U.S. business groups welcomed the agreement to resume negotiations, but warned that both sides still faced many other tough issues and that negotiations on a treaty could be lengthy. Any pact would need to be ratified by the U.S. Senate.

"The U.S. Chamber called for this last year as a pre-condition, and we are very pleased that both governments rose to the challenge," said Myron Brilliant, head of international affairs at the U.S. Chamber of Commerce.

BARRIERS TO BUSINESS

U.S. investors face barriers or ownership limits in about 90 Chinese sectors, while Chinese companies seeking to invest in the United States often fear a political backlash in Congress or rejection on national security grounds.

"If China negotiates a treaty that not only protects investments after they are made but also improves U.S. investors' access to the Chinese market, this would be a real breakthrough," said Michael Smart of consultants Rock Creek Global Advisors, who worked on investment issues in the Bush White House.

The talks opened just weeks after Snowden' disclosure of extensive U.S. electronic surveillance of American citizens and foreign countries, including China, which undercut years of complaints from Washington about Chinese hacking.

In remarks at the end of the talks, the United States said it had made clear its displeasure that Chinese authorities allowed Snowden, on the run in Hong Kong, to leave for Moscow rather than send him back to face U.S. justice.

"We were disappointed with how the authorities in Beijing and Hong Kong handled the Snowden case, which undermined our effort to build the trust needed to manage difficult issues," U.S. Deputy Secretary of State William Burns said.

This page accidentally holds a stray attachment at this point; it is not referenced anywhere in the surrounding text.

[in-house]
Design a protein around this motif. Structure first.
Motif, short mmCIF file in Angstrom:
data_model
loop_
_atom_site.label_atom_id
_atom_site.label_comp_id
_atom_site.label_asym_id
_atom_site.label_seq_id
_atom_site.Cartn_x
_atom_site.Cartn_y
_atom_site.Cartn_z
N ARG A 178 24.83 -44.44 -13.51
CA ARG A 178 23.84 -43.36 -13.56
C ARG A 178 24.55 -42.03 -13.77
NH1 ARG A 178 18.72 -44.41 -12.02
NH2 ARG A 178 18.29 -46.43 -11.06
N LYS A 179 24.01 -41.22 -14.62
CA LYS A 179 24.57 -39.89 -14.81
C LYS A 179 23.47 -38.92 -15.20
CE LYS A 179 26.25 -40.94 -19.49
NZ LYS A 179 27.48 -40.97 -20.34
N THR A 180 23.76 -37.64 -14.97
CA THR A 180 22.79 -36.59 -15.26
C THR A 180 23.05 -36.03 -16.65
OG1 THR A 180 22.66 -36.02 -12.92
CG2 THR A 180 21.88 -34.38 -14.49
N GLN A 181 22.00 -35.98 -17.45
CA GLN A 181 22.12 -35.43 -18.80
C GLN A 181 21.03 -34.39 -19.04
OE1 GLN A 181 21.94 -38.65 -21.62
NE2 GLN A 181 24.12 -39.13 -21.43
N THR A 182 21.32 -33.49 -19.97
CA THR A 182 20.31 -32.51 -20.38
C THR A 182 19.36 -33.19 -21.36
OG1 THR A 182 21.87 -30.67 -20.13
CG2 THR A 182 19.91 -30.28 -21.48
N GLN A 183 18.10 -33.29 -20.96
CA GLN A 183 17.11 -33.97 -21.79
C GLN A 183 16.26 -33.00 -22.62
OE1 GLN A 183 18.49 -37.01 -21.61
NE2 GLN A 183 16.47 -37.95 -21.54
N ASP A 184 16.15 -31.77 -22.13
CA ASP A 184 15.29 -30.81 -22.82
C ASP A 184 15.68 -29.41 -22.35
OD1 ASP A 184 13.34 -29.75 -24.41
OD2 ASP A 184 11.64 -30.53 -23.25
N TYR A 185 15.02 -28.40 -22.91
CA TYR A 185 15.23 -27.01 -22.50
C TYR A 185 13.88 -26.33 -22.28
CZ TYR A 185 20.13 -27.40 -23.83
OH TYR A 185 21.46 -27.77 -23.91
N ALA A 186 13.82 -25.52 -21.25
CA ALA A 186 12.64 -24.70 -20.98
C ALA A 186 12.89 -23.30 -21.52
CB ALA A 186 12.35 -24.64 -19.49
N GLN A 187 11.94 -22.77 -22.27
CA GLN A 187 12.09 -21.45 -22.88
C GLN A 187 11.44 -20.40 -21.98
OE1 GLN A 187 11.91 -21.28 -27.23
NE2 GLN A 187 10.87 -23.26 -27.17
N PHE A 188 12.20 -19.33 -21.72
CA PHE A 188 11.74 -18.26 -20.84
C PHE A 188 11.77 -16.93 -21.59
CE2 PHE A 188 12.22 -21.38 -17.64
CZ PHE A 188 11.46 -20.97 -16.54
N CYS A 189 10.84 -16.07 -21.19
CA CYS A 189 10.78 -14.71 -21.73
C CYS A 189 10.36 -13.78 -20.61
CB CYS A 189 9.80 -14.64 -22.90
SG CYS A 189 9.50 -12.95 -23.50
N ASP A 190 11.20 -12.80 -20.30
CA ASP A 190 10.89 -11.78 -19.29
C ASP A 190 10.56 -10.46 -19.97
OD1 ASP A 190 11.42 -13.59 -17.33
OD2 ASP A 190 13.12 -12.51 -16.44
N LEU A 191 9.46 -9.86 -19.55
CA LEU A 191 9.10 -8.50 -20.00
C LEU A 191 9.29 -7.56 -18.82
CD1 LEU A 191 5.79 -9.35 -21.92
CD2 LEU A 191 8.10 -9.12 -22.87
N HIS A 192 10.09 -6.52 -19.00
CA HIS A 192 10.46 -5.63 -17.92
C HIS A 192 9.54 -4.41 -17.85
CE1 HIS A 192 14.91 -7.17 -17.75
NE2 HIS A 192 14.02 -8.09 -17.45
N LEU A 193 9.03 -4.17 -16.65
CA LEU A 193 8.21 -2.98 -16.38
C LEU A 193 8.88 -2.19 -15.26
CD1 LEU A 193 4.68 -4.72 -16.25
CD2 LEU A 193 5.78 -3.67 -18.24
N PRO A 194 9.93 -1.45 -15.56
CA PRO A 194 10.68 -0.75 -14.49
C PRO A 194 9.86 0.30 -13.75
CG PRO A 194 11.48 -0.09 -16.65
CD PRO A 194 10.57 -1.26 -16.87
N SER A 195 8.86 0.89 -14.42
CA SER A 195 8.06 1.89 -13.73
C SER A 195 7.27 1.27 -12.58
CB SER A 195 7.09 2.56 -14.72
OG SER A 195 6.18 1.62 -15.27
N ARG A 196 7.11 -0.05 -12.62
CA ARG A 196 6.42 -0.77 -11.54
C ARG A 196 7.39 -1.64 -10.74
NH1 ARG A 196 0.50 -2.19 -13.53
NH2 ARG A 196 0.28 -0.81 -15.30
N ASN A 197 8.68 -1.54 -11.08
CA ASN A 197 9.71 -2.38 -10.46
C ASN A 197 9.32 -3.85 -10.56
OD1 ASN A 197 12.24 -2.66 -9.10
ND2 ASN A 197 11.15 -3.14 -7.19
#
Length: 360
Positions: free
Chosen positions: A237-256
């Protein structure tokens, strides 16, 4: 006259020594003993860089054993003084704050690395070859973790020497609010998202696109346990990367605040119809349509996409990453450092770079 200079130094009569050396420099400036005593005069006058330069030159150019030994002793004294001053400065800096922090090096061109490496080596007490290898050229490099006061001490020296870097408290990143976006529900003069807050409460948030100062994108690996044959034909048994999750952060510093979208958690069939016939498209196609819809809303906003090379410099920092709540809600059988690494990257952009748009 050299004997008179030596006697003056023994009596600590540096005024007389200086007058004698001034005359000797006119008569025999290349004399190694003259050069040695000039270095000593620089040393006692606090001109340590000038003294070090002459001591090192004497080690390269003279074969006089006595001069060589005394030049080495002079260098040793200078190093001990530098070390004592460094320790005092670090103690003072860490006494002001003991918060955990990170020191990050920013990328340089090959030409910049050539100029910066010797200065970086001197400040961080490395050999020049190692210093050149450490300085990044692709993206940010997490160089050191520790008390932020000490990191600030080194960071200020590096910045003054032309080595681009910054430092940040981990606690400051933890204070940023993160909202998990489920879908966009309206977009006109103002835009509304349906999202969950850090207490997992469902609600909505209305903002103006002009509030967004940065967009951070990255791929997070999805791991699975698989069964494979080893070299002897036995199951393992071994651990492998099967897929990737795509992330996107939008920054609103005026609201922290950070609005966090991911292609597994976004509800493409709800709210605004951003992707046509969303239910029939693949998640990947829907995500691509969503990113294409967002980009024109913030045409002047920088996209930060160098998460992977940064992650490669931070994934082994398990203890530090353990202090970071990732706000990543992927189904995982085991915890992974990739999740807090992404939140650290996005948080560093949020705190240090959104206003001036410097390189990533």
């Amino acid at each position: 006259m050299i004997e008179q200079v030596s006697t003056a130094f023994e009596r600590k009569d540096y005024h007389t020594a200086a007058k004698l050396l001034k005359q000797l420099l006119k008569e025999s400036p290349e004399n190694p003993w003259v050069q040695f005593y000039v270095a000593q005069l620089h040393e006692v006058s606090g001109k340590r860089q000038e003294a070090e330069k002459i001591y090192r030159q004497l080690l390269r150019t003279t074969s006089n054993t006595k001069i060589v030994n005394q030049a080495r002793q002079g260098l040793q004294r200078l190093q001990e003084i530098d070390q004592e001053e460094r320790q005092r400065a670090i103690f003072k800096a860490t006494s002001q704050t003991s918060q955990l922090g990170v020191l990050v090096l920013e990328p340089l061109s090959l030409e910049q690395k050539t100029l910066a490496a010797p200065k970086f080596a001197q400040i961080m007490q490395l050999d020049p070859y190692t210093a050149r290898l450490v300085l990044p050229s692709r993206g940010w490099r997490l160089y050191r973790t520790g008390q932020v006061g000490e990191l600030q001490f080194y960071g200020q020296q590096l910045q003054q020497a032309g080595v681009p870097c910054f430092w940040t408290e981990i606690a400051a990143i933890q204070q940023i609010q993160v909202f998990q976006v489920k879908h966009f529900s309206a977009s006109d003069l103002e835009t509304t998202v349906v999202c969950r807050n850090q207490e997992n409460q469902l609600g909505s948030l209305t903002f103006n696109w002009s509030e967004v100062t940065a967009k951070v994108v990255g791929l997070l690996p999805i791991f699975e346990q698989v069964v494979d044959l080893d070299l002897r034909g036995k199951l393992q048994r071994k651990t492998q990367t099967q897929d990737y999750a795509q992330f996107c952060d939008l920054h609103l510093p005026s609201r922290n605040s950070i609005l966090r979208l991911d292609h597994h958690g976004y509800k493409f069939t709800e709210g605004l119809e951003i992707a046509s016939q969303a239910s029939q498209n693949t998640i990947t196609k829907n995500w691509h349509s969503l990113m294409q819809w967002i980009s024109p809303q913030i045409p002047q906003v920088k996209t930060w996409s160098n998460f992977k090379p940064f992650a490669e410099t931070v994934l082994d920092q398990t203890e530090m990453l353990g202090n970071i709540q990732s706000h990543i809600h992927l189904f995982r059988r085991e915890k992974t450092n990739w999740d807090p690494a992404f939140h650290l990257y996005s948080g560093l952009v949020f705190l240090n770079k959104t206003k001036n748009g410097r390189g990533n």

Chinese State Councilor Yang Jiechi swiftly brushed off Burns' criticism of Hong Kong, the former British colony that h is a special administrative region of China. Hong Kong answers to Beijing on matters of foreign policy, but unlike China, it has an extradition treaty with the United States.

"The central government has always respected the Hong Kong SAR government's handling of cases in accordance with law," he said.

"The Hong Kong government handled the Snowden case in accordance with law, and its approach is beyond reproach," Yang said about the decision to not detain Snowden.

Douglas Paal, of the Carnegie Endowment for International Peace, said Snowden's case "makes it impossible for any countries to make concessions to the United States for the time being, because we look like big cyber offenders."

Burns said the two powers "need to reach a shared understanding of the rules of the road" in cyber space and repeated U.S. complaints about the cyber theft of intellectual property that most American experts blame on China.

"The cyber-enabled theft of trade secrets, intellectual property, and confidential business information is unacceptable," he said.

Chinese leaders did not publicly address the cyber-theft issue during the Washington talks, although Gao said China was determined to improve protection of intellectual property.

A U.S. official said that Washington's lobbying on the issue had made some headway - in part because China was generating more of its own intellectual property.

"What we're seeing is an acknowledgment that this realm of activity is distinct, is important and needs to be addressed," said the official, speaking on condition of anonymity.

Both countries' officials said they were clear-eyed about the differences in political system, wealth and values that divided them, saying the key was to manage relations.

"Of course, because of differences, there's a need for us to make rules. And to formulate those rules, we need to have dialogue," Chinese Vice Premier Wang Yang said in a dinner speech late on Thursday.

(Additional reporting by Doug Palmer; Writing by Paul Eckert and Alistair Bell; Editing by Peter Cooney)